“I’m big into TRX. It’s important that I do this training so when I’m riding in tough conditions I can actually keep the bike under control.”
TRX revolves mainly around body strength exercises performed using ropes suspended from the ceiling. The difficulty of these exercises increases depending on the angle at which the exercise is performed.
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Physicality is a huge part in these endurance events but as a seven-time participant, Michael understands the importance of mental preparation too.
“Visualisation is key to completing these marathon races.”
“Visualisation is key to completing these marathon races.”
“About a week before the race, I write down what I want to do and where I want to be at different points in the race. Visualisation is key to completing these marathon races.
“When I do get tired I have to remind myself why I’m doing this. There was one occasion during a 24-hour race when I was on a break, one half of me just wanted to lie down on the couch with a pizza and not bother with the rest of the race.
“But I love mountain biking. I love pedalling along different terrains and the challenge it presents me with. During preparation, I constantly remind myself how hard I’ve worked for the race and what I’ve been through before.”
Having good backup is also critical, says Michael.
“It’s vital to have a good support team. Being able to hop on a new bike if there are any faults during the lap or making sure you have enough water on board is all down to having a good team.
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“One guy I worked with was a man named Robert Rowe from Finely Tuned Ride. If I’ve problems with the gears, he’ll fix them or he’ll change to mud tires depending on the terrain conditions.”
Working with specialist outlets, like The Bike Rack, who provide maintenance in the run up to and during these events have ensured that he can constantly take part in a number of different races throughout the year.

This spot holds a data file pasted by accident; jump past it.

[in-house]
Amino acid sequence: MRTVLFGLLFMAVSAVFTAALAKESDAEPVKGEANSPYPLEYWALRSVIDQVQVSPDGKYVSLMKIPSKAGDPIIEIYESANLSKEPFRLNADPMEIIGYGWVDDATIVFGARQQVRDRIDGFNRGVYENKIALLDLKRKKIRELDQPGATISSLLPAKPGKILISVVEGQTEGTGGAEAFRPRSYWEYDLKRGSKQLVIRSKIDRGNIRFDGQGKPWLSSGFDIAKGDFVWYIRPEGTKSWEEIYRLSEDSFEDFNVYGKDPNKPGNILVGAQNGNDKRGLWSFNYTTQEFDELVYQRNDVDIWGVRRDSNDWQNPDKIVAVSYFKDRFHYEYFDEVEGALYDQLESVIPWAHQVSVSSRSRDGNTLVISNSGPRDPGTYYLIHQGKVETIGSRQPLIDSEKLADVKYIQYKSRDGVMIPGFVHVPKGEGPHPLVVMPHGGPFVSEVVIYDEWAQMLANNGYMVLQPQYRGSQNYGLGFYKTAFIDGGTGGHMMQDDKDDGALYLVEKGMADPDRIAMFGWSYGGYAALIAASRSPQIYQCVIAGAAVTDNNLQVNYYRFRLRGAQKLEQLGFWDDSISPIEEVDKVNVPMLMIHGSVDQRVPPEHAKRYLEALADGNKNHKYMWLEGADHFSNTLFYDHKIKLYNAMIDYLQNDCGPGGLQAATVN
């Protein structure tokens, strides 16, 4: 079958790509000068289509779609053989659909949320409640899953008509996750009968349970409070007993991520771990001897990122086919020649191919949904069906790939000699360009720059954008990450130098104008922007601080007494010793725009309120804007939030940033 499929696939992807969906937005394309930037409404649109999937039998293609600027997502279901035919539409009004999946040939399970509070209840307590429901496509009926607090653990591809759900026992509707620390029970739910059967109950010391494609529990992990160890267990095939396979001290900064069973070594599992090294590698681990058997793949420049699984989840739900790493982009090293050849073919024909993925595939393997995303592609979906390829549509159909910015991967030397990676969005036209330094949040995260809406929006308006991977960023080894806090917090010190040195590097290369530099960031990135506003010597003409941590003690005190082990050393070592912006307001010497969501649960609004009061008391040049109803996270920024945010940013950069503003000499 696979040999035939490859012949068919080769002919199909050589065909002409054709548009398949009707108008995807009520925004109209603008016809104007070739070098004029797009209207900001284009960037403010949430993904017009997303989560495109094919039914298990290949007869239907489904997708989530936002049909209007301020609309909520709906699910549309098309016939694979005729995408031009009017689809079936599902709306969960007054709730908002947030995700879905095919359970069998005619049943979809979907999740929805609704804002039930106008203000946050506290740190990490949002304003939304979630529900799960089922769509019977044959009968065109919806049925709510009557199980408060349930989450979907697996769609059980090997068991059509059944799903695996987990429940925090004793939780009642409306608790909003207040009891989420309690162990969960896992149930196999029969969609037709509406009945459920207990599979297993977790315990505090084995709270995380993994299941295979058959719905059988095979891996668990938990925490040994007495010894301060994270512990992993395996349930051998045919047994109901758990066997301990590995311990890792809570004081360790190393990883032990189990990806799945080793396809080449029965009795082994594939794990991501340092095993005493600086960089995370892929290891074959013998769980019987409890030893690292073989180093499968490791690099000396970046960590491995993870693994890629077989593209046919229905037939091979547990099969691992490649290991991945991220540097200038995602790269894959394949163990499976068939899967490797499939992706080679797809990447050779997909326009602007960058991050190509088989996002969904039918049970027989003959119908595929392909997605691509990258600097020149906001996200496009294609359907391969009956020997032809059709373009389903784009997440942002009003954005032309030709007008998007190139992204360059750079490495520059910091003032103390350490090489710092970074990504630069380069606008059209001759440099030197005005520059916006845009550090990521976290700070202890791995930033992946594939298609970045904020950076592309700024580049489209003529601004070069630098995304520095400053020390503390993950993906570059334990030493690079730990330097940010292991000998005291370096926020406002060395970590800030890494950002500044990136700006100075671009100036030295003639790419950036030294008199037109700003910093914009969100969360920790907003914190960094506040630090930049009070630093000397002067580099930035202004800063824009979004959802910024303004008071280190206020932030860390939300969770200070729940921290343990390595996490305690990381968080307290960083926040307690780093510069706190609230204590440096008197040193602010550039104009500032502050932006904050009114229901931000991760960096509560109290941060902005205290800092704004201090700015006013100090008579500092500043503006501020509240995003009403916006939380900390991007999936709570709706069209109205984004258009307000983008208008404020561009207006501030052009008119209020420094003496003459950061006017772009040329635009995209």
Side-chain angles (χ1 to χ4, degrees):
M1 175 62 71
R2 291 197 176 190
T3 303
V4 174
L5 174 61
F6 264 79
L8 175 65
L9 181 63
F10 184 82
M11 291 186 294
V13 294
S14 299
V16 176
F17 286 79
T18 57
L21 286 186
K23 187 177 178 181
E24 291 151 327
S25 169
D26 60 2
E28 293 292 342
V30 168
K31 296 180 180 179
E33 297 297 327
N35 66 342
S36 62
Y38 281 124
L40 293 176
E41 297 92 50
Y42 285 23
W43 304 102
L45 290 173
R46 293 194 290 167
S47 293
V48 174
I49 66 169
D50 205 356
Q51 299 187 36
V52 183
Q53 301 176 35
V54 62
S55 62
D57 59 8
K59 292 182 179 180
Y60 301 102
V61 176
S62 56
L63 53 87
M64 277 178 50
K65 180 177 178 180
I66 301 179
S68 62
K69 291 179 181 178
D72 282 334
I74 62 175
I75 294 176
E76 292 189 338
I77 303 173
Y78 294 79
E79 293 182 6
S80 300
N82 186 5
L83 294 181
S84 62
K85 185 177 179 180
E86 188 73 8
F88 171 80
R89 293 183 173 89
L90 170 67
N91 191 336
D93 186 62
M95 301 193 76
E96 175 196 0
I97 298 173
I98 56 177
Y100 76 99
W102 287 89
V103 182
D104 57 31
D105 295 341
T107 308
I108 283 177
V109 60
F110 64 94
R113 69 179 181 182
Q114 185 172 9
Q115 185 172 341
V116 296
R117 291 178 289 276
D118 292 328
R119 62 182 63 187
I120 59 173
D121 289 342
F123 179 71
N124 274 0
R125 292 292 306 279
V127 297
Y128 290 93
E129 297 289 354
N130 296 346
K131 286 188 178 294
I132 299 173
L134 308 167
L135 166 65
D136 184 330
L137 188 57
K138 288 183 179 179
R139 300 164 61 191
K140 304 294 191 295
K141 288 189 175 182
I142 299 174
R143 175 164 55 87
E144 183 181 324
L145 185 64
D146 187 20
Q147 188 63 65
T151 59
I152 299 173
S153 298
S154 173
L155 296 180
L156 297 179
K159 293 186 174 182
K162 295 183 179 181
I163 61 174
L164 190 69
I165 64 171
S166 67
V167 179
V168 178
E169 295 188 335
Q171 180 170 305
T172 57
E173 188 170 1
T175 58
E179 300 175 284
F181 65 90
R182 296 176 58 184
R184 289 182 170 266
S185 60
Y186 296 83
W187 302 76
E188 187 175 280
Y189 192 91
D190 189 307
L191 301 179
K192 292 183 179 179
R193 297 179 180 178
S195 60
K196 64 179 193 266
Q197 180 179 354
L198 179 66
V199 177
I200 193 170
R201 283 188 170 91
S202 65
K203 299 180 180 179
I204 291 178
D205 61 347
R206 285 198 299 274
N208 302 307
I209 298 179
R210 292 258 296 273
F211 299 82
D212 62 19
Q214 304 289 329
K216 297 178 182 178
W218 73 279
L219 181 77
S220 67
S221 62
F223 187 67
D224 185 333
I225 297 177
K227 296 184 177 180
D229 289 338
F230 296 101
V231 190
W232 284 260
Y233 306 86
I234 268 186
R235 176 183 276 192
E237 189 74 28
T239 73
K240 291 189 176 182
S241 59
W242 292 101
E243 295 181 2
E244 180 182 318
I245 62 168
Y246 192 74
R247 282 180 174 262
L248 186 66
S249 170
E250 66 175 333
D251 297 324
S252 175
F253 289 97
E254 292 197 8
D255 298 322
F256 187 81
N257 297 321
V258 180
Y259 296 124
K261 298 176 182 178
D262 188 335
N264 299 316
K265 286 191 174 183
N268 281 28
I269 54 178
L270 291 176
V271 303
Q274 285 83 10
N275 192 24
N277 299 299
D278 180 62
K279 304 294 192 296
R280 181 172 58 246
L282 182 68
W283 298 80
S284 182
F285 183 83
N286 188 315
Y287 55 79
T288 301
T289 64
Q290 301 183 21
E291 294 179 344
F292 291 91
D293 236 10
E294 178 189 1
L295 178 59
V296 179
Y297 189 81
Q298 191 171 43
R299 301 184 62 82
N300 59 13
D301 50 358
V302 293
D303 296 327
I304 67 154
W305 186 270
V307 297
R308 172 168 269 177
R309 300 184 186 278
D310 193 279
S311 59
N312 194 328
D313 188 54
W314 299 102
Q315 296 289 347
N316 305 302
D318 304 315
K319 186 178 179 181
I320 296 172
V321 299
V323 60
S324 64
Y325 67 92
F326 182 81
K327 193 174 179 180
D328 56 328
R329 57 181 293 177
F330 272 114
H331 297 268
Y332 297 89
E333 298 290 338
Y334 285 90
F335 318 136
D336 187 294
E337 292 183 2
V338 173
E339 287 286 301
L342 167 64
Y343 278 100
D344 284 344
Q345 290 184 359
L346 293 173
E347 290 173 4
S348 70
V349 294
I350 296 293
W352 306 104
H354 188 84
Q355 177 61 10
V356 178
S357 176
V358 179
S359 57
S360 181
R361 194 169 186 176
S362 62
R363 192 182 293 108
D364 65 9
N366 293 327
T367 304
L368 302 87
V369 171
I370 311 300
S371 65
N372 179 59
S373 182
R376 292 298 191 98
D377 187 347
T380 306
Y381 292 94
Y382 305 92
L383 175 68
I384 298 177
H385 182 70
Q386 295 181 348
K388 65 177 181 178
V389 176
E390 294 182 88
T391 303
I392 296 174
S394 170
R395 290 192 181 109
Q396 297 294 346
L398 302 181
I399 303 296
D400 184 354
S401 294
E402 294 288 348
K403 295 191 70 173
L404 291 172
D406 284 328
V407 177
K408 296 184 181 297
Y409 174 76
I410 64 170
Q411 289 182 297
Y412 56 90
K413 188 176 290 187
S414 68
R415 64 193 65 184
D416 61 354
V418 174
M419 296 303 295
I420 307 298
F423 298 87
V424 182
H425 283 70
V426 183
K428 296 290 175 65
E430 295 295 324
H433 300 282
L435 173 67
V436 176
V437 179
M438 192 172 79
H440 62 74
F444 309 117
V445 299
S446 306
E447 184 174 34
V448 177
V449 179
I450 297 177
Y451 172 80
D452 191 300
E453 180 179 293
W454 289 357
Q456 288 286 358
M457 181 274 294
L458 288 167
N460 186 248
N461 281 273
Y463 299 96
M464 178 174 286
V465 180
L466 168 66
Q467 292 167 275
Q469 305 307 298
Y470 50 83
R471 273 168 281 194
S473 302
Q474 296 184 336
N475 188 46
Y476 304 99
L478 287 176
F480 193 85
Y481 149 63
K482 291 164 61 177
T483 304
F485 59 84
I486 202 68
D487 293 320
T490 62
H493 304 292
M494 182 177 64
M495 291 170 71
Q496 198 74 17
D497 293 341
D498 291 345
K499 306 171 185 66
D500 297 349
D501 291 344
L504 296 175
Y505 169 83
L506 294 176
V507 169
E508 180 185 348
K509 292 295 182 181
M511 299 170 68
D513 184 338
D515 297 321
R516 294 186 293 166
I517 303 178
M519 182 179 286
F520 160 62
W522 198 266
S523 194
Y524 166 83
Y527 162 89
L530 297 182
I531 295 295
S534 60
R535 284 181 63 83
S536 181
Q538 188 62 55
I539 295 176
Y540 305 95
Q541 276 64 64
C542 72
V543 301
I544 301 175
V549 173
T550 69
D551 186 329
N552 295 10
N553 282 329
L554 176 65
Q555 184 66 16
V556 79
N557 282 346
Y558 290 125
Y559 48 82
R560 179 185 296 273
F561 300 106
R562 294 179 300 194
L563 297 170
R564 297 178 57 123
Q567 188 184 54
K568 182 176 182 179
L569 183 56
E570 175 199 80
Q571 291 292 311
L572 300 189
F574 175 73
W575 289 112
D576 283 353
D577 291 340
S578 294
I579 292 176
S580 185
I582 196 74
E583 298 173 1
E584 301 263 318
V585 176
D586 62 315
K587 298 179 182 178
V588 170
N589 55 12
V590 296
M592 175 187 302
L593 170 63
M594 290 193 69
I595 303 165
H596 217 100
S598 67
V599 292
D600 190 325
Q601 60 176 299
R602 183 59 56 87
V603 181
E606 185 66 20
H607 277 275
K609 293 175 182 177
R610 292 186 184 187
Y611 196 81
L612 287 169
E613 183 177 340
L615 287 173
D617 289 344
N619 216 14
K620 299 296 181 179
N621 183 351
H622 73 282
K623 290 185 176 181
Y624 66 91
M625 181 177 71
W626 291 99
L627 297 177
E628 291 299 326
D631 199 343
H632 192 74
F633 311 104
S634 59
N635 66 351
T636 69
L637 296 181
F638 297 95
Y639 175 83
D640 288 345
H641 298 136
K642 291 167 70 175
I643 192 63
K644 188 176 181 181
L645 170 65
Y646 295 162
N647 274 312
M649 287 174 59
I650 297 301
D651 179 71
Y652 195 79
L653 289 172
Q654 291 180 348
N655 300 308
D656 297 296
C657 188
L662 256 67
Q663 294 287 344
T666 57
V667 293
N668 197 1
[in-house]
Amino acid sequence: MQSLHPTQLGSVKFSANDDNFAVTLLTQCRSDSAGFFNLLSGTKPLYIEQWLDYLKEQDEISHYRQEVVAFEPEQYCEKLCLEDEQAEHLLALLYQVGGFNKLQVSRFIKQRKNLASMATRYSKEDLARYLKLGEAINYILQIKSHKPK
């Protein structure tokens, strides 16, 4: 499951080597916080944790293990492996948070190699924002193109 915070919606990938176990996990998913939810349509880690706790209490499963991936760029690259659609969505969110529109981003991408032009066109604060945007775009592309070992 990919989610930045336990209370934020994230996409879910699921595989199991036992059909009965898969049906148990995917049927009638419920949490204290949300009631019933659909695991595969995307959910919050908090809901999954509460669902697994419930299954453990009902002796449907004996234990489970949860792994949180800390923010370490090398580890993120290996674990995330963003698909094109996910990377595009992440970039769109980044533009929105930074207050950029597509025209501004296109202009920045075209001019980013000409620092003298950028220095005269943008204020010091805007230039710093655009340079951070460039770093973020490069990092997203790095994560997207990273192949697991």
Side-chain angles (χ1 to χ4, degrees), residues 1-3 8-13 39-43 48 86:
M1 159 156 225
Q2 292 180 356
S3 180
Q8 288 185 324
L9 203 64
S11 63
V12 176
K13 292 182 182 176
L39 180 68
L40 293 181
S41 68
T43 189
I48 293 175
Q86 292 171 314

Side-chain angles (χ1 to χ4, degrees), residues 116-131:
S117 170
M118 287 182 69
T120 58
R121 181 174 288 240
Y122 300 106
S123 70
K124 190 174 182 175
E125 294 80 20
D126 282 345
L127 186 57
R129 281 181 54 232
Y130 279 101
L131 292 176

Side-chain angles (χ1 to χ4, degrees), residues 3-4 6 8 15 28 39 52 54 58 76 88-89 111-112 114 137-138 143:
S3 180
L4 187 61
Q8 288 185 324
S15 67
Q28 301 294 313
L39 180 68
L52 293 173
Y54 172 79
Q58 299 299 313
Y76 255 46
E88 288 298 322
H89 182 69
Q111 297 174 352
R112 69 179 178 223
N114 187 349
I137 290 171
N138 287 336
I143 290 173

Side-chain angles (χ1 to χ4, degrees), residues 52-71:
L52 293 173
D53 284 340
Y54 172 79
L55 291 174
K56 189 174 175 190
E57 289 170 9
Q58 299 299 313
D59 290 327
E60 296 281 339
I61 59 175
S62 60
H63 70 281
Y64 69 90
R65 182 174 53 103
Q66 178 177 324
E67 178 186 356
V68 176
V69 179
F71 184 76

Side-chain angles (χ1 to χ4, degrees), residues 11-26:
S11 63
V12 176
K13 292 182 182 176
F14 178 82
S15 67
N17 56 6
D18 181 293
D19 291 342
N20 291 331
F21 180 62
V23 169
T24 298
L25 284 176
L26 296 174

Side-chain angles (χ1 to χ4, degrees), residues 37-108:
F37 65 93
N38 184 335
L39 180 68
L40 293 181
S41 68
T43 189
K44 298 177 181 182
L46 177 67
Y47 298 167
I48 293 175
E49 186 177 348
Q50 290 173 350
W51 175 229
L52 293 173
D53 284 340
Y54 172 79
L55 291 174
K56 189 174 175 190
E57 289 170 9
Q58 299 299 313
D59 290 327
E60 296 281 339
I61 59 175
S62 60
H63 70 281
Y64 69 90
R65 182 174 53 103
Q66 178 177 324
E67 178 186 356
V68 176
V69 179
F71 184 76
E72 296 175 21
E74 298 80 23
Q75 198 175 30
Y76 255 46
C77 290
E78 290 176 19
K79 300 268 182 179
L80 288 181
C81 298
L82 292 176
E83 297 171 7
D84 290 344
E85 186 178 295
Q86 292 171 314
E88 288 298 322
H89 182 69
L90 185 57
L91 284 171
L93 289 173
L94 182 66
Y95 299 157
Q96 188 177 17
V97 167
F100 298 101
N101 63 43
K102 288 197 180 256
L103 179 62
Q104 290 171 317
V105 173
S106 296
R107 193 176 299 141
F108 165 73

Family also plays a part in his successes as a rider, some perhaps more hands on than others. His significant other, Shawna, has also been an integral part of maintaining his successful riding career.
“My mum wouldn’t watch mountain biking, all she wants to do is know that I’m OK and I didn’t get hurt during the race. My dad, however, is a lot more hands on. He’s been to three 24-hour races I’ve completed in, handing out bottles and he’s amazing support.
In fact, it was with his dad that Michael got started mountain biking.
“When I was about 14 or 15, my dad and I would go walking up around the hills a lot and one day I asked could I take my bike along with me when he was going walking. I decided to try and find trails to ride through when he was out. I started out on a pretty crappy bike, but I mean, everyone starts out somewhere you know? I had a few falls, but that didn’t deter me. I actually thought it was quite fun.
“At 17 I took part in a couple of road races and mountain bike races around the same time. I decided I preferred the mountain bike racing because it’s just all about you and the terrain, whereas with road racing, it’s a lot more tactical.”
Then when Michael was 20, he went to Swansea, Wales, to study art. “That’s where I started to do mountain bike marathon racing. It’s very popular in that part of the United Kingdom. The races in England and Wales would draw a lot more attention than in Ireland, solely because of the bigger population and the fact that there were more events to take part in. There are plenty of long distance events that would suit me.”
Over the years, Michael has been as busy off the track as on it. He has completed his art studies, worked as a barman, spent a year in British Columbia working as a ski instructor and is soon to be a paramedic in training. Michael is clearly someone with an adventurous nature who expends huge effort on each facet of his life.
HG Welles once said: “When I see an adult on a bicycle, I do not despair for the future of the human race.”
When you meet people like Michael, you understand why.